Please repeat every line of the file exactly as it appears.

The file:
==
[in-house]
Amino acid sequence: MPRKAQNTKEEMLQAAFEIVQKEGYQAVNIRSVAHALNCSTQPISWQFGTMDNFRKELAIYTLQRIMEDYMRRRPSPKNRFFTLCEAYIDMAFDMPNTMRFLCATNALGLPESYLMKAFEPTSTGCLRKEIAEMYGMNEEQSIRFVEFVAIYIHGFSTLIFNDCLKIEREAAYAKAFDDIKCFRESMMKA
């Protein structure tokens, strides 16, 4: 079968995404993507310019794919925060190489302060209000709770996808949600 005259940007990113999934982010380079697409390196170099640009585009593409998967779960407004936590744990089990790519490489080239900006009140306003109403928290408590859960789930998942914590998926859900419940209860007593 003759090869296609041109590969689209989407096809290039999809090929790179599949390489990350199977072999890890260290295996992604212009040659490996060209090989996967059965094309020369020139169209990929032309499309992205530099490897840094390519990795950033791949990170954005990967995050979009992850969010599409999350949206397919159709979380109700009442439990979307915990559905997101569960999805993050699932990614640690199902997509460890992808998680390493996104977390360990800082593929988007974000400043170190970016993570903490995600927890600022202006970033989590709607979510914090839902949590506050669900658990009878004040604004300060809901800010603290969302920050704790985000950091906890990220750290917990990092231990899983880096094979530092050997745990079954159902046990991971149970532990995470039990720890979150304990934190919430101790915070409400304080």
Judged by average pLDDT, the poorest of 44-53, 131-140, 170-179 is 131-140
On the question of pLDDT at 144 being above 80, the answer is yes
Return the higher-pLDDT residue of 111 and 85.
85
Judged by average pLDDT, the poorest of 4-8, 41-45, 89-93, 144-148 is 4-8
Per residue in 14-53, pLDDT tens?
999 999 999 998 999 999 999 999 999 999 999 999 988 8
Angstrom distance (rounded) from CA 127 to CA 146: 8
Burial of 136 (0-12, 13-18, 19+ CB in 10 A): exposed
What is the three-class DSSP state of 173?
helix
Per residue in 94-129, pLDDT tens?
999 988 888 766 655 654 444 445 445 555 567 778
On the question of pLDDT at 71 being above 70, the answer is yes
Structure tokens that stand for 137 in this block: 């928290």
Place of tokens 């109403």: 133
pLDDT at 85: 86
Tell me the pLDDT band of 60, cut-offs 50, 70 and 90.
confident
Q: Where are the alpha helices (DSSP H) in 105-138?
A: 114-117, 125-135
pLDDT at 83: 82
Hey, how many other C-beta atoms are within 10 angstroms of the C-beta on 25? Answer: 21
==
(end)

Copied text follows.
[in-house]
Amino acid sequence: MPRKAQNTKEEMLQAAFEIVQKEGYQAVNIRSVAHALNCSTQPISWQFGTMDNFRKELAIYTLQRIMEDYMRRRPSPKNRFFTLCEAYIDMAFDMPNTMRFLCATNALGLPESYLMKAFEPTSTGCLRKEIAEMYGMNEEQSIRFVEFVAIYIHGFSTLIFNDCLKIEREAAYAKAFDDIKCFRESMMKA
């Protein structure tokens, strides 16, 4: 079968995404993507310019794919925060190489302060209000709770996808949600 005259940007990113999934982010380079697409390196170099640009585009593409998967779960407004936590744990089990790519490489080239900006009140306003109403928290408590859960789930998942914590998926859900419940209860007593 003759090869296609041109590969689209989407096809290039999809090929790179599949390489990350199977072999890890260290295996992604212009040659490996060209090989996967059965094309020369020139169209990929032309499309992205530099490897840094390519990795950033791949990170954005990967995050979009992850969010599409999350949206397919159709979380109700009442439990979307915990559905997101569960999805993050699932990614640690199902997509460890992808998680390493996104977390360990800082593929988007974000400043170190970016993570903490995600927890600022202006970033989590709607979510914090839902949590506050669900658990009878004040604004300060809901800010603290969302920050704790985000950091906890990220750290917990990092231990899983880096094979530092050997745990079954159902046990991971149970532990995470039990720890979150304990934190919430101790915070409400304080």
Judged by average pLDDT, the poorest of 44-53, 131-140, 170-179 is 131-140
On the question of pLDDT at 144 being above 80, the answer is yes
Return the higher-pLDDT residue of 111 and 85.
85
Judged by average pLDDT, the poorest of 4-8, 41-45, 89-93, 144-148 is 4-8
Per residue in 14-53, pLDDT tens?
999 999 999 998 999 999 999 999 999 999 999 999 988 8
Angstrom distance (rounded) from CA 127 to CA 146: 8
Burial of 136 (0-12, 13-18, 19+ CB in 10 A): exposed
What is the three-class DSSP state of 173?
helix
Per residue in 94-129, pLDDT tens?
999 988 888 766 655 654 444 445 445 555 567 778
On the question of pLDDT at 71 being above 70, the answer is yes
Structure tokens that stand for 137 in this block: 């928290």
Place of tokens 């109403």: 133
pLDDT at 85: 86
Tell me the pLDDT band of 60, cut-offs 50, 70 and 90.
confident
Q: Where are the alpha helices (DSSP H) in 105-138?
A: 114-117, 125-135
pLDDT at 83: 82
Hey, how many other C-beta atoms are within 10 angstroms of the C-beta on 25? Answer: 21